A midnight report posted four hours after the polls closed on Election Day showed only 33.8 percent of registered voters had cast a ballot, prompting some residents to lament about an abysmal turnout.
But those numbers only included votes submitted at polling places and early vote-by-mail ballots, not the thousands of vote-by-mail ballots dropped off at poling places or those that arrived at the election office through the mail that day or the next.
"There's so many ballots being sent to us. That's not a true representation on election night. It's truly after vote-by-mail that we have any close-to-accurate turnout," said Tommy Gong, county clerk-recorder.
Despite those early reports suggesting rock-bottom voter turnout, a flood of vote-by-mail ballots shows San Luis Obispo County had a stronger showing than previous primary elections. And the record number filled out away from the polls is changing how we read election results.
Gong expected to see voter turnout this year between 45 and 50 percent, based on early mail returns.
As of Thursday afternoon, the county election office had received more than 86,000 ballots out of 166,592 registered voters, a nearly 52 percent voter turnout, and the office will likely receive more mail-in ballots on Friday to add to the count (if they were postmarked by Election Day).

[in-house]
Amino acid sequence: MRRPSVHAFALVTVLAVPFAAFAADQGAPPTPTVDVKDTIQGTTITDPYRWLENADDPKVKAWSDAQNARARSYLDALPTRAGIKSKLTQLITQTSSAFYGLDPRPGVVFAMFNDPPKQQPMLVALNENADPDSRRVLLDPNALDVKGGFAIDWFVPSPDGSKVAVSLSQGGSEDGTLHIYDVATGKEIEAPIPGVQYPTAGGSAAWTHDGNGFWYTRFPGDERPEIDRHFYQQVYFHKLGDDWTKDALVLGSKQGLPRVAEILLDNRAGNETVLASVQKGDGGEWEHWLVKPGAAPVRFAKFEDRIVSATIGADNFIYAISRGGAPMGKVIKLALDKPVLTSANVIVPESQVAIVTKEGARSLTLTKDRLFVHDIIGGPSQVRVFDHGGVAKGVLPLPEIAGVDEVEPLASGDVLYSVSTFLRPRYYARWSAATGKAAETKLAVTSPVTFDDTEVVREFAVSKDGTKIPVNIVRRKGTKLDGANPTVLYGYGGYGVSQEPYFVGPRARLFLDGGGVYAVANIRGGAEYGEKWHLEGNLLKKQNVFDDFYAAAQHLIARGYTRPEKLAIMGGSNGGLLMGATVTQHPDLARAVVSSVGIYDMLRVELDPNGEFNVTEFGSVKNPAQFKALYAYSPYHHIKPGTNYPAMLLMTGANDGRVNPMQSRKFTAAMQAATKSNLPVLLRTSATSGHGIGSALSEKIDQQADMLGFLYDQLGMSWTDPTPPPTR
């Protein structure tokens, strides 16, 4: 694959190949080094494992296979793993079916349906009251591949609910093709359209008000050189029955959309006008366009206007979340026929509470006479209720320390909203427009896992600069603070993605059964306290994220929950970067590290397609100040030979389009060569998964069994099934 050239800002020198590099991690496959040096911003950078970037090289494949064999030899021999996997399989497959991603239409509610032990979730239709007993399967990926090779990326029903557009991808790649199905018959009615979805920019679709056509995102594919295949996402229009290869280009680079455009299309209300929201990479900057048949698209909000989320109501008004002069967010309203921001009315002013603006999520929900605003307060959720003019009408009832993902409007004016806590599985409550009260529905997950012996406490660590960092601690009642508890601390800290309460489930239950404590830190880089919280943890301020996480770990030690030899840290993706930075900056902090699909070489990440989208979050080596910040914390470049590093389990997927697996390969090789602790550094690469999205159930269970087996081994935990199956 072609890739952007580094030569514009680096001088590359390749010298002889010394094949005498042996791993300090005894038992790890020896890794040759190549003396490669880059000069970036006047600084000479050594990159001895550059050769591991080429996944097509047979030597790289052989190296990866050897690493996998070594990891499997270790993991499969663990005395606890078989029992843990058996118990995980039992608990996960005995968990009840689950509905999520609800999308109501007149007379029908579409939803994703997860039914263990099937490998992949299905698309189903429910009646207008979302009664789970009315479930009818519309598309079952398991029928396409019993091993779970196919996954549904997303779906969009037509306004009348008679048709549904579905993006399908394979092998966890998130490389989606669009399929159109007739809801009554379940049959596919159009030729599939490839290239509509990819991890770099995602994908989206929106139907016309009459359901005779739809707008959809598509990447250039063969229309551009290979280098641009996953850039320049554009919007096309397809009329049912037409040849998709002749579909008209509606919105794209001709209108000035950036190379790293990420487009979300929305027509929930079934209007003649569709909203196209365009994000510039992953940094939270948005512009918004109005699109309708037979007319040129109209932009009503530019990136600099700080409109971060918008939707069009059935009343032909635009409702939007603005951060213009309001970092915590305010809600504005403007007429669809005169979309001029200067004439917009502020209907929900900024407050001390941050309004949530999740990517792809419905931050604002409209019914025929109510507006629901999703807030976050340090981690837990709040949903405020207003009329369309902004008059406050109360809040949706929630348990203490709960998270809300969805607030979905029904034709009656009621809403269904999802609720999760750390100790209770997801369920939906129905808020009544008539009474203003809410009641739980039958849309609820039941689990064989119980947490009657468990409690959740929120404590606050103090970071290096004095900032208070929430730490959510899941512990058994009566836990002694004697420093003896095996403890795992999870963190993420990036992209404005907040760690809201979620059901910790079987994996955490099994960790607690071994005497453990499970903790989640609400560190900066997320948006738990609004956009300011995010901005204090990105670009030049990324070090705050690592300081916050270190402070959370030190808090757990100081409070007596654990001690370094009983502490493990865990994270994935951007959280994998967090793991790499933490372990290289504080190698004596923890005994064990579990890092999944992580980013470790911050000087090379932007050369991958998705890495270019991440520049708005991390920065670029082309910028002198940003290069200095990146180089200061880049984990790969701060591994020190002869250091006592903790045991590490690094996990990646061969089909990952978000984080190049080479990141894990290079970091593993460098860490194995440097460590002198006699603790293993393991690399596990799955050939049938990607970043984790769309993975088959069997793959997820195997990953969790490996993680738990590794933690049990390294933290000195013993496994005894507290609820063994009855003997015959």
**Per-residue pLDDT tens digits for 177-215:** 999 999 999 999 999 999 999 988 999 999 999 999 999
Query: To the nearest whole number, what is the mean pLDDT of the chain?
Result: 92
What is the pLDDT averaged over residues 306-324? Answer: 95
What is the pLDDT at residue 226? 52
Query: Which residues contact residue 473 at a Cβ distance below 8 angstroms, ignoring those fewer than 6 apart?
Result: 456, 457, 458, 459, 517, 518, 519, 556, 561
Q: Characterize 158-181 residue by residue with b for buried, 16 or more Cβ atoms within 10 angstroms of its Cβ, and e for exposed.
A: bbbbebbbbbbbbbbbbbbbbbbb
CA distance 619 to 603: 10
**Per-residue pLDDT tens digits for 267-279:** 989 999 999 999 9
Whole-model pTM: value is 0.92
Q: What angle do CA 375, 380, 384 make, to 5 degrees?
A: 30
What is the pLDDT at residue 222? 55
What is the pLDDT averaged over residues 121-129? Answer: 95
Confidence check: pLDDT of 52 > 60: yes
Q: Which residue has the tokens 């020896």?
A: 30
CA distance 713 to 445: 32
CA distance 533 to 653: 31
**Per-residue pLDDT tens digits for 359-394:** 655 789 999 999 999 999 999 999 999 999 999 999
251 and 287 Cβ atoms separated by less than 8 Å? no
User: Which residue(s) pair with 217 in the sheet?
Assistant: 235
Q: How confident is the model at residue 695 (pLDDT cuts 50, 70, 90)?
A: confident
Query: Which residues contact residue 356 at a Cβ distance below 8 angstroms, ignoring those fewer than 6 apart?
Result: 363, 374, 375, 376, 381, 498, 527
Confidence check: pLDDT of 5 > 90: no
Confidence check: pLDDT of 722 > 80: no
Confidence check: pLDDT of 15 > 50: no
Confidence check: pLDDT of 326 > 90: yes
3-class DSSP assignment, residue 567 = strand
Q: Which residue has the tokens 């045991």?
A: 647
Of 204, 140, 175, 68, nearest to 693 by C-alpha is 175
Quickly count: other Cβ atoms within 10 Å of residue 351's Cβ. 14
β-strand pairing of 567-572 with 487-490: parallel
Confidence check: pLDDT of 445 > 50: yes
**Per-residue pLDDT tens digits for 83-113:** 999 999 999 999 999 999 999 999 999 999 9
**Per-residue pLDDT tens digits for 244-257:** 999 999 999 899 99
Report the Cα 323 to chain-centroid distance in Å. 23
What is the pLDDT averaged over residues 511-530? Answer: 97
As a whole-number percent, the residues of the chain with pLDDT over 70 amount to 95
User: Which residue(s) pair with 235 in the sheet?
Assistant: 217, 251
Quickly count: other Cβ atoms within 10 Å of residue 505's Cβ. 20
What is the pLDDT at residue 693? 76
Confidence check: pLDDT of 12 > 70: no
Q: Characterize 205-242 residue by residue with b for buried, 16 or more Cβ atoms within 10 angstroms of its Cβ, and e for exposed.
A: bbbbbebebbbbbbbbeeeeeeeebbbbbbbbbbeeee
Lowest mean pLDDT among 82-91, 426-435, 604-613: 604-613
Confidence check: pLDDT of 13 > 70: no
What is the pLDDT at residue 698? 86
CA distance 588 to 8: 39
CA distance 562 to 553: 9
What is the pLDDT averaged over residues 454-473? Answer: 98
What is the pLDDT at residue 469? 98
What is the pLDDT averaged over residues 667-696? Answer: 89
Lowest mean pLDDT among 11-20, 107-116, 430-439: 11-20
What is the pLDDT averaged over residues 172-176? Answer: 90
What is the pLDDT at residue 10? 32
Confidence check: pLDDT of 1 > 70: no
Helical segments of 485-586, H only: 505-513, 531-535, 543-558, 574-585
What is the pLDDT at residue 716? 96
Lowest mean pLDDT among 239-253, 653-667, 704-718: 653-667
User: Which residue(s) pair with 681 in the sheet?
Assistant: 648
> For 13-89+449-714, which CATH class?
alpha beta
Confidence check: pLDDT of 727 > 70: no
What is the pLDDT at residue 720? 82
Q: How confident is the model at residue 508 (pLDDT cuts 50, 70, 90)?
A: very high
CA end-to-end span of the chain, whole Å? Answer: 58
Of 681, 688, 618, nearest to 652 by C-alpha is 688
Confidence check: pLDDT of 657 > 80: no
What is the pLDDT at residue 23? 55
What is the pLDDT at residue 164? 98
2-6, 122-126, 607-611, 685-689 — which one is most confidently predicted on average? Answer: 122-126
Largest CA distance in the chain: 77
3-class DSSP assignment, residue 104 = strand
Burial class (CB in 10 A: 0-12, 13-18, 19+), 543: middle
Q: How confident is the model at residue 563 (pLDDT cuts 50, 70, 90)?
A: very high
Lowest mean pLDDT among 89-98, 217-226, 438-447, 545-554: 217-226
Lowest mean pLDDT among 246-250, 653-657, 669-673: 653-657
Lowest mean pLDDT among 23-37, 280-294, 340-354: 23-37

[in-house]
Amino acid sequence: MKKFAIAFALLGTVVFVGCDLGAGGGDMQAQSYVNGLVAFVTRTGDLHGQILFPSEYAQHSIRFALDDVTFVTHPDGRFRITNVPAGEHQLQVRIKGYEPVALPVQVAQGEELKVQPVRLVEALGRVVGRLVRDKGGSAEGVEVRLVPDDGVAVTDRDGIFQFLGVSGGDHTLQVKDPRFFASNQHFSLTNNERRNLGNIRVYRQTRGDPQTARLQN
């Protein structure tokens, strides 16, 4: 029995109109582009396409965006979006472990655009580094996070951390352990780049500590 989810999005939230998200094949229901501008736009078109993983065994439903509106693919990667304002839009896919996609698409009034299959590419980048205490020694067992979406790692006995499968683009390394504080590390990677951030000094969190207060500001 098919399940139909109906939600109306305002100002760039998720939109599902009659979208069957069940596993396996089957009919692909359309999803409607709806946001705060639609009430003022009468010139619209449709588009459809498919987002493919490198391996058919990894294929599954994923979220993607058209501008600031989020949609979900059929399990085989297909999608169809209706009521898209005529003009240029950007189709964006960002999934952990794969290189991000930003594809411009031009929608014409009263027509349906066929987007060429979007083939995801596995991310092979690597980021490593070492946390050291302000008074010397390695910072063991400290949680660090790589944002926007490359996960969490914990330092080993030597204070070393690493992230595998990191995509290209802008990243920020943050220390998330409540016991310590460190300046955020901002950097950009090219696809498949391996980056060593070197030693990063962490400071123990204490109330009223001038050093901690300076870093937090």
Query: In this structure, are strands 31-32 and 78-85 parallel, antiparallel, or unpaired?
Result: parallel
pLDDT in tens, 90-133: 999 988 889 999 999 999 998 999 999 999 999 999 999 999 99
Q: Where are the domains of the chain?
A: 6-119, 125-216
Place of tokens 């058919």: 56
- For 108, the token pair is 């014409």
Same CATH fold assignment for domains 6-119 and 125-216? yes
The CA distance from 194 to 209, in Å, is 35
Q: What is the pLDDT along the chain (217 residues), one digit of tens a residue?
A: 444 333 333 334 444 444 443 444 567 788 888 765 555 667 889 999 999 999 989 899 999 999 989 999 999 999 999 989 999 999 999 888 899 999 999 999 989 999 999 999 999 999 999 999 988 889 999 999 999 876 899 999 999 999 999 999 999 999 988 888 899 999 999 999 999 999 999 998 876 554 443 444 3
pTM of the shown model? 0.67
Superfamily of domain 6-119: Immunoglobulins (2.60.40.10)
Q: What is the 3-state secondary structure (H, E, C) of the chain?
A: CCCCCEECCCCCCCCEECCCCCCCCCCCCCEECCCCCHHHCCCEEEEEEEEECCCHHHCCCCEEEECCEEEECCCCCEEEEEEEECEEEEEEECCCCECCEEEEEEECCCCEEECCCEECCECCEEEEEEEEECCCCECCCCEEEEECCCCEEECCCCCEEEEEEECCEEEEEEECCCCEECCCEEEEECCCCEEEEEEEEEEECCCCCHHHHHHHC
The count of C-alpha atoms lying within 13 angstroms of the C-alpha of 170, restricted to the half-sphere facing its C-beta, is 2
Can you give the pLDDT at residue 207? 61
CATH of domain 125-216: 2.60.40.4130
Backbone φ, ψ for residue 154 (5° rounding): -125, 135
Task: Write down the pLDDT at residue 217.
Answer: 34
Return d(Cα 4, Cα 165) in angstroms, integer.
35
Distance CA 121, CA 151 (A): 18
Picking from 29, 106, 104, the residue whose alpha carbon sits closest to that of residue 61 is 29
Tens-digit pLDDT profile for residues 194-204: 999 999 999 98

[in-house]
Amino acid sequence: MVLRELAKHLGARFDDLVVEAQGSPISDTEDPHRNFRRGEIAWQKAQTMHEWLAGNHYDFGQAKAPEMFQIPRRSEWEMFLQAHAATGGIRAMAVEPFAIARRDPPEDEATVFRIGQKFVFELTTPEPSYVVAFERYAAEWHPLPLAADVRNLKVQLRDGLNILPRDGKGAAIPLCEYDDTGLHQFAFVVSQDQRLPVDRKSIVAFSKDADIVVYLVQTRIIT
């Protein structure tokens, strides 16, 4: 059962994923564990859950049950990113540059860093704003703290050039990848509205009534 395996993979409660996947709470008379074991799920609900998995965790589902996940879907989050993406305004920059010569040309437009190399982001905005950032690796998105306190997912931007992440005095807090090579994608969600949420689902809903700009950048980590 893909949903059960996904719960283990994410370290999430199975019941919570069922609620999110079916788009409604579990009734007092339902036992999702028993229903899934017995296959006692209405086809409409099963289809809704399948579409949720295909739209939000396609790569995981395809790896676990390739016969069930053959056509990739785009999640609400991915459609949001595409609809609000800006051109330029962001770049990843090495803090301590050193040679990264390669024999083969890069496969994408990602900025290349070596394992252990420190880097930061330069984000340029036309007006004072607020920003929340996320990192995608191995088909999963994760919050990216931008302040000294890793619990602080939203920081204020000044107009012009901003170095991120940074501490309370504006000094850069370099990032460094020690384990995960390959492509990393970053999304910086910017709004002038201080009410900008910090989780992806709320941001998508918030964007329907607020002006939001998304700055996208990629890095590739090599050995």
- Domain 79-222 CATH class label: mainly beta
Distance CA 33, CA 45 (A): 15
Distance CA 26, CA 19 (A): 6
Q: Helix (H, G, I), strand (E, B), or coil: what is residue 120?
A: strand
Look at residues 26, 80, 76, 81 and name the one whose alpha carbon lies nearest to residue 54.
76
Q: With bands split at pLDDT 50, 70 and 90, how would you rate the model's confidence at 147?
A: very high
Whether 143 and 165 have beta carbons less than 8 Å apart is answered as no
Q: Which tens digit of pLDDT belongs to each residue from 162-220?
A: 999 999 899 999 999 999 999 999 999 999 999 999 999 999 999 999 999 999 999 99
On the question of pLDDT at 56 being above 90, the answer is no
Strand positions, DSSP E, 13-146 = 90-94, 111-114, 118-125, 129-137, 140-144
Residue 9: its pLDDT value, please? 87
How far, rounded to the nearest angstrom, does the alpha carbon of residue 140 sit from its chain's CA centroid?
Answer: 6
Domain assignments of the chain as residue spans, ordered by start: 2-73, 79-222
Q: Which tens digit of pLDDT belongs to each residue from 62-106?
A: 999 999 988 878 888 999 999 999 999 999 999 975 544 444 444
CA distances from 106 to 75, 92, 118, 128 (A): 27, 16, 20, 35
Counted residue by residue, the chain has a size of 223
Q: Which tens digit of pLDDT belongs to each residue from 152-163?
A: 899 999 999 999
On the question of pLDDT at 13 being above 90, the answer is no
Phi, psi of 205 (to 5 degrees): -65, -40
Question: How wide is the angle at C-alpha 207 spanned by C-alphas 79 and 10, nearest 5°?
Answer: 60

SLO County voter turnout was 41.5 percent in the 2014 primary and 47.1 percent in the 2010 primary.
While this year's turnout isn't as high as the 61.1 percent of county voters who cast ballots in the 2016 presidential election, it's not as bad as it initially looked. That's mostly because of the huge increase in vote-by-mail ballots.
This year, nearly 72 percent of registered voters received vote-by-mail ballots — a huge leap from 44.4 percent in the last election.
"People are voting later in the game and certainly turning them in at the last minute at the polls and at the Post Office," Gong said.
That means an early statewide report showing 22 percent voter turnout is flat-out wrong. Some counties haven't even reported their total number of ballots received.
The increasing number of vote-by-mail ballots also delays final results because the late arrivals can trickle in over a matter of days and take more time to process.
While most local races showed clear leads in the most recent report around midnight early Wednesday morning, all eyes are on the District 4 race that last showed Lynn Compton with a tiny margin over Jimmy Paulding in the race for a seat on the Board of Supervisors.
The next results won't be posted until Friday, likely at the end of the day.